South Yorkshire Mayor says extra bus funding is needed to halt 'spiral of decline'

South Yorkshire Mayor Oliver Coppard said millions of pounds of additional funding is needed to protect bus services and halt a “spiral of decline”.

The Labour mayor said the region has £17m which can be used to keep services on the road over the next two years – just over half the amount it requires (£29m) – after the Government cut its grant by around 50 per cent.

It comes after the Department of Transport pledged to provide £1.1bn to support bus service improvement plans in 31 areas of the country last year, but rejected South Yorkshire’s bid for £434m.

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Mr Coppard said the region needs a “fair level of funding” from the Government so it can protect and improve services millions of people rely on.

South Yorkshire Mayor Oliver CoppardSouth Yorkshire Mayor Oliver Coppard
South Yorkshire Mayor Oliver Coppard

Private operators claim they will be forced to cut more services without larger taxpayer-funded subsidies, because they have been struggling to cover their costs since passenger numbers plummeted during the pandemic.

Mr Coppard said the South Yorkshire Mayoral Authority, which he runs, has already “raided its reserves” to maintain the region's “core network” with a £17m investment, but some evening and weekend services will be cut.

The Zoom Beyond pass, which provides discounts to 18-25-year-olds, is also being scrapped in November.

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The mayor, who has pledged to bring buses back under public control, said the impending service cuts are part of a long-term “spiral of decline” and the current system is “broken”.

He said there are 42 per cent fewer buses on the region’s roads compared to a decade ago, with a 20 per cent reduction in the network in the last year.

“The private sector bus companies that run that broken network basically choose when and where to run buses, and what to charge,” he said.

“All we can do is step in when they don't want to run a service for profit and pay them money, increasingly large amounts of money, to run services, particularly in rural areas.”

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He added: “What we're finding now is the government is not prepared to fund places like South Yorkshire and give us the money we need to provide a reliable, efficient, effective network.”

The Government has provided £2bn of support to operators across gthe country during the pandemic and in May it recently announced they will receive another £300m over the next two years.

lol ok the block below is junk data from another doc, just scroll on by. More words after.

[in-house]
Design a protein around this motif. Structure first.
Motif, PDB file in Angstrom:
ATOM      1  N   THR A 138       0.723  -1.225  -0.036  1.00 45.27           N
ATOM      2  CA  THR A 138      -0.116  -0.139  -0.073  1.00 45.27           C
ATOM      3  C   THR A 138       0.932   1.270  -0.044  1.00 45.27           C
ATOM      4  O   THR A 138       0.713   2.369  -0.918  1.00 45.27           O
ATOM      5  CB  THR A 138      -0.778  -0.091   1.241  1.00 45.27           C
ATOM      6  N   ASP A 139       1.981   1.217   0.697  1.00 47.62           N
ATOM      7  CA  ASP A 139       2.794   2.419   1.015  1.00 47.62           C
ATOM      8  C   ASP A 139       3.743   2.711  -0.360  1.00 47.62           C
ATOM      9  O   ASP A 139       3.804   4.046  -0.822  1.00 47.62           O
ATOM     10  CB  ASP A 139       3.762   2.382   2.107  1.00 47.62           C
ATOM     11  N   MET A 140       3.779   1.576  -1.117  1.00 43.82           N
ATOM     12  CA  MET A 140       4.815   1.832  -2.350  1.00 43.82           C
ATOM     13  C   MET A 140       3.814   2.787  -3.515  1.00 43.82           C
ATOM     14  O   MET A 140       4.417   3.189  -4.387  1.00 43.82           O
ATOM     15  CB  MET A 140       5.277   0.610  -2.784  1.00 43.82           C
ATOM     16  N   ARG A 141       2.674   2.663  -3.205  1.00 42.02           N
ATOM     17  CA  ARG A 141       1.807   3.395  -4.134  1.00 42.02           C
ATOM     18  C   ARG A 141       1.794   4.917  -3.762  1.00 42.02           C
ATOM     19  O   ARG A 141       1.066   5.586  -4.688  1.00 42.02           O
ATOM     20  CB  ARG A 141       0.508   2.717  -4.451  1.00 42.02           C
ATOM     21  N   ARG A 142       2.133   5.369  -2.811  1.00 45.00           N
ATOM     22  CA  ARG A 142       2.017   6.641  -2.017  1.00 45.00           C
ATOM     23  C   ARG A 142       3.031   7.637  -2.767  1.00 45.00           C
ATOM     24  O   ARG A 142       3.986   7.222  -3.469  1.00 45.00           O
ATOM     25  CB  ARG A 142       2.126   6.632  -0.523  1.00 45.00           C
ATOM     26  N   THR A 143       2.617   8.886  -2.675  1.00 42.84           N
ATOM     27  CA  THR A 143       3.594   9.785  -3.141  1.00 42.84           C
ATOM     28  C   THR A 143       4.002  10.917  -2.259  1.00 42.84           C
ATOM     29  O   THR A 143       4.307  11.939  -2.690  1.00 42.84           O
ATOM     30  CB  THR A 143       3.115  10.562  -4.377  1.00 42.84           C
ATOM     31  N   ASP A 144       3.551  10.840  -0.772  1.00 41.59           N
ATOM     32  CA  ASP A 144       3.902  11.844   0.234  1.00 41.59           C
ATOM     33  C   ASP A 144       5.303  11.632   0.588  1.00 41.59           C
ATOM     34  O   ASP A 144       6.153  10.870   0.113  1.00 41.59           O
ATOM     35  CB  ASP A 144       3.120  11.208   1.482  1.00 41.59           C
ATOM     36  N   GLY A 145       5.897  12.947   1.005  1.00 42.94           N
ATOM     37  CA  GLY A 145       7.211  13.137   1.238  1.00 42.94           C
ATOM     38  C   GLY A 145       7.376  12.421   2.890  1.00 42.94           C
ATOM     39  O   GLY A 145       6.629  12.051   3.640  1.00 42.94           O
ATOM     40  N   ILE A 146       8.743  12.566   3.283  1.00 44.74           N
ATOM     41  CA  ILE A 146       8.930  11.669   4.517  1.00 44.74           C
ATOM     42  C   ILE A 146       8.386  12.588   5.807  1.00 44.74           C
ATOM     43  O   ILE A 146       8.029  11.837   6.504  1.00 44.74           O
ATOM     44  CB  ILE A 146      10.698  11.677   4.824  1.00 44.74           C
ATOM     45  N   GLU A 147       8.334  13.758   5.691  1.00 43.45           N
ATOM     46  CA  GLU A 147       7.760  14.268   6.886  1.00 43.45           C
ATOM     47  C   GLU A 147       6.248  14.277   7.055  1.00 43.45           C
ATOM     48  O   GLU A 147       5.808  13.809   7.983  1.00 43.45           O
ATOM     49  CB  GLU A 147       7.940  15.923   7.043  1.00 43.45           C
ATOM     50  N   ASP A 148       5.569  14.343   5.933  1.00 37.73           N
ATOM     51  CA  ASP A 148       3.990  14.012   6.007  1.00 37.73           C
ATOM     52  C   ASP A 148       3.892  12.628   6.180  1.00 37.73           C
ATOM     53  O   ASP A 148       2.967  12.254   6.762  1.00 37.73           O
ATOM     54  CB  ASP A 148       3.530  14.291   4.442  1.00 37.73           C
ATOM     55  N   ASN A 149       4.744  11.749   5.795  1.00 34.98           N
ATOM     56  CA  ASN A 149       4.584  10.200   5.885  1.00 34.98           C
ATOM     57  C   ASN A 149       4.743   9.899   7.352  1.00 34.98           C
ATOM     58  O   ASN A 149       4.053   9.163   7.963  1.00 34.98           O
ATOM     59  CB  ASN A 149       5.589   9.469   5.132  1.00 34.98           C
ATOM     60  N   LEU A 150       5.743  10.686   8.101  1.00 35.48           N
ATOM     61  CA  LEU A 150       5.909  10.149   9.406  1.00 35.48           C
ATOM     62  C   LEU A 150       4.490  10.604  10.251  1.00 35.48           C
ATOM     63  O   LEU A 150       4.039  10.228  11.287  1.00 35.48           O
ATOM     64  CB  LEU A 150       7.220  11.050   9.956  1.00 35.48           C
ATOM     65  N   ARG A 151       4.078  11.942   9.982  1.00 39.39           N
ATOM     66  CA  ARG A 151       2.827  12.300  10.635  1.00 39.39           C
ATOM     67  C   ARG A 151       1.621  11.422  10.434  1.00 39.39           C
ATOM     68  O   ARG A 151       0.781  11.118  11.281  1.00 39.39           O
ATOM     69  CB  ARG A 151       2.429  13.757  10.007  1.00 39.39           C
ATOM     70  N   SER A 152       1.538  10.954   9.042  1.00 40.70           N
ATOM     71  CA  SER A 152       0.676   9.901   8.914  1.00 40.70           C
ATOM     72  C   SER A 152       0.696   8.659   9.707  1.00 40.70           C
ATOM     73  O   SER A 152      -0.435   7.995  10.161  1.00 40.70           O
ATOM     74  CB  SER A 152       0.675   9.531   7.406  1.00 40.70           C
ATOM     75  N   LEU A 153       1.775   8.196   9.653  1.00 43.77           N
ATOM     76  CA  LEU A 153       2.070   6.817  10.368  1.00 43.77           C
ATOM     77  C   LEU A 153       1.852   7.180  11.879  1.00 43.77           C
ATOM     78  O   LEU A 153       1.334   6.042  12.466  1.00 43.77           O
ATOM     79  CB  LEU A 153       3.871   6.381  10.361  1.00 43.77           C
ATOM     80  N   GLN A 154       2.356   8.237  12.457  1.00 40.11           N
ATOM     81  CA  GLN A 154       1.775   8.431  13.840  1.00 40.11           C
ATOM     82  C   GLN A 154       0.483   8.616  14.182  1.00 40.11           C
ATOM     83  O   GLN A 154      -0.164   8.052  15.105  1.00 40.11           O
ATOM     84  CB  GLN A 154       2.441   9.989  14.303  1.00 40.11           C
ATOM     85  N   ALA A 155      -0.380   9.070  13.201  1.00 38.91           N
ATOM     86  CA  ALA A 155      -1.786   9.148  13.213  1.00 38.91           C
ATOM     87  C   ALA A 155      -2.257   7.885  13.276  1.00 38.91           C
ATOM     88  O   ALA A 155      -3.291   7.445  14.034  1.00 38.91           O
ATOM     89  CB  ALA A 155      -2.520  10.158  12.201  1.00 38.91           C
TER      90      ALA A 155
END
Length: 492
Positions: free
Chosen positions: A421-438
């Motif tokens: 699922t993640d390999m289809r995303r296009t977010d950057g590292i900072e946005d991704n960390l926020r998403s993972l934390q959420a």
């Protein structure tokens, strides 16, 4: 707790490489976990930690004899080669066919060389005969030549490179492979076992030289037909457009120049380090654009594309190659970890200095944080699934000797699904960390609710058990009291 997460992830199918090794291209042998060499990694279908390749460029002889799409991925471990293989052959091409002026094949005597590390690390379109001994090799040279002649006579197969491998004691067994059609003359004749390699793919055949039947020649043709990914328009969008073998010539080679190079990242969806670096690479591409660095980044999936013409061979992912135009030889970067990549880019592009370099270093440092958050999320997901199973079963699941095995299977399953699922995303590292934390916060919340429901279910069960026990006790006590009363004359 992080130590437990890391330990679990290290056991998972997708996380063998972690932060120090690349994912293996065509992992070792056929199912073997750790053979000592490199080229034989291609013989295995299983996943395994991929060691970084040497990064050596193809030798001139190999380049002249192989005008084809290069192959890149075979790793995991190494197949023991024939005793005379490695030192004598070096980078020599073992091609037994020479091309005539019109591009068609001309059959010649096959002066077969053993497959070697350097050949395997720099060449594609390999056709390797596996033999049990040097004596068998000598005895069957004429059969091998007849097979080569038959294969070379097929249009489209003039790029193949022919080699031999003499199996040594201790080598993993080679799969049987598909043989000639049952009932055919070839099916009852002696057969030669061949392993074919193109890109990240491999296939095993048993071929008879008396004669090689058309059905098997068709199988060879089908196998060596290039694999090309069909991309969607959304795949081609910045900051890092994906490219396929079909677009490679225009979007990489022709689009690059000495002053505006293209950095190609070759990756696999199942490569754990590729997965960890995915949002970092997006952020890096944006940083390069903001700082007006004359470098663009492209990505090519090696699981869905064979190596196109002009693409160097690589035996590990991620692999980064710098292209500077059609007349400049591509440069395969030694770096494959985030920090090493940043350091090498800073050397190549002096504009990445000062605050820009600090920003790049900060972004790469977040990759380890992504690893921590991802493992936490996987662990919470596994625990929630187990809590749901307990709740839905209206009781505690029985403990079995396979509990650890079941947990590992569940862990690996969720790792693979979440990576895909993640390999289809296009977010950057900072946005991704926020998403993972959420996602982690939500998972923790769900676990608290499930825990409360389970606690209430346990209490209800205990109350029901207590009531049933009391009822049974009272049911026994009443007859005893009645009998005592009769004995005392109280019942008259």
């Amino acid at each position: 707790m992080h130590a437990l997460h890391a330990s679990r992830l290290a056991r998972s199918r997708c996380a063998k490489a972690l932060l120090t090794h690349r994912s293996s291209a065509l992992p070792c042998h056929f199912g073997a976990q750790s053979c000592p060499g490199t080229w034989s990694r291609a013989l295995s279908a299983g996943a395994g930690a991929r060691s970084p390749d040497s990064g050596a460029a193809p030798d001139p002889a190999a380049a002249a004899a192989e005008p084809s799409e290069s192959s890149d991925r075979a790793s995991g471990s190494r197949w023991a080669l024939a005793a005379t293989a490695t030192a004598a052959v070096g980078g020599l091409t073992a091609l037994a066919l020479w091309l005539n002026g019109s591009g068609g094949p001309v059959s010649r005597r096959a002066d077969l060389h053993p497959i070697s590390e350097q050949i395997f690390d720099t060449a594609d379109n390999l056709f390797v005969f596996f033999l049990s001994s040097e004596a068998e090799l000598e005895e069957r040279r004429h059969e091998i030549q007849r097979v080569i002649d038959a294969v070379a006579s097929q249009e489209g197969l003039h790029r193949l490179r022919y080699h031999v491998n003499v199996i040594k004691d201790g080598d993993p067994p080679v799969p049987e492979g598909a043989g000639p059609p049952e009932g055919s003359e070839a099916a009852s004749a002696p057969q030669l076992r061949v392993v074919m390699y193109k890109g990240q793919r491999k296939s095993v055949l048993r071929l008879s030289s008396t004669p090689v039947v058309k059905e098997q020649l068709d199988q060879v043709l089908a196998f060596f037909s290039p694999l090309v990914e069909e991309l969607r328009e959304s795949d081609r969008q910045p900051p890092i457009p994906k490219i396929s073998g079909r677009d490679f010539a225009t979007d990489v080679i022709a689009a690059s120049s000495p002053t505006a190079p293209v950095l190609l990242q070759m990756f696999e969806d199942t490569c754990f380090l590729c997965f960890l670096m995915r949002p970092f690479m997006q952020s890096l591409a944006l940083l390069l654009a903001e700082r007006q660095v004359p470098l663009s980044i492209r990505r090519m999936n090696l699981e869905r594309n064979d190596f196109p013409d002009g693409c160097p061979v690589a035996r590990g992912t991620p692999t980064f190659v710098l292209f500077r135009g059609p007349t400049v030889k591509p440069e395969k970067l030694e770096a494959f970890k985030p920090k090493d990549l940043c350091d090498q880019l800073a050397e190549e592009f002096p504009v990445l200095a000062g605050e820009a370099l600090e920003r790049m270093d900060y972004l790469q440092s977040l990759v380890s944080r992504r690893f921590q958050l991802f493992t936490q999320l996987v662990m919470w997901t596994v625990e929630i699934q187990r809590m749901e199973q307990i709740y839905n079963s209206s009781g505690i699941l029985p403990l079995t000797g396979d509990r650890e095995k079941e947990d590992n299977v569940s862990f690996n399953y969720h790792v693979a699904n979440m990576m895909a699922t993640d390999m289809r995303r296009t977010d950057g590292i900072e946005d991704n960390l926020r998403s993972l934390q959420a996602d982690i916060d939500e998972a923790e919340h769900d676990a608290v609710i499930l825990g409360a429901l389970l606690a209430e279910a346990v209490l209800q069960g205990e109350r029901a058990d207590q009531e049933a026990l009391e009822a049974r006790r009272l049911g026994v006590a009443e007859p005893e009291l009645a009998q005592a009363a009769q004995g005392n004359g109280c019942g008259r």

Operators have also recieved hundreds of millions of pounds of taxpayers money to cap fares outside London at £2 until the end of October. They will then be capped at £2.50 for a year.

However, bus companies claim they are still struggling and, in April, two that are based in Yorkshire revealed their profits had “significantly decreased” after their Government funding was cut and said they may need to cut more services in the coming months.

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First South Yorkshire recorded an operating profit of £0.7m in the year ending March 2022, down from £8m the previous year. Its sister company, First West Yorkshire, saw profits fall from £8.5m to £4m over the same period.

South Yorkshire Mayoral Combined Authority is drawing up plans to introduce a London-style franchising model in the region that would bring routes, services and fares back under public control.

“We’re moving at pace,” he said. “But legally, under the terms set out by the Government we have to go through a series of stages in order to be able to make that decision.”

“Over time we could take the buses back under public control and that is a possibility, but until we have a partner in government who can work with us to put the proper amount of funding into places like South Yorkshire, we will just continue managing the decline.”

He is due to host a series of public meetings this month, in Sheffield, Peniston and Doncaster, Rotherham, to discuss issues with the region’s bus network and possible solutions.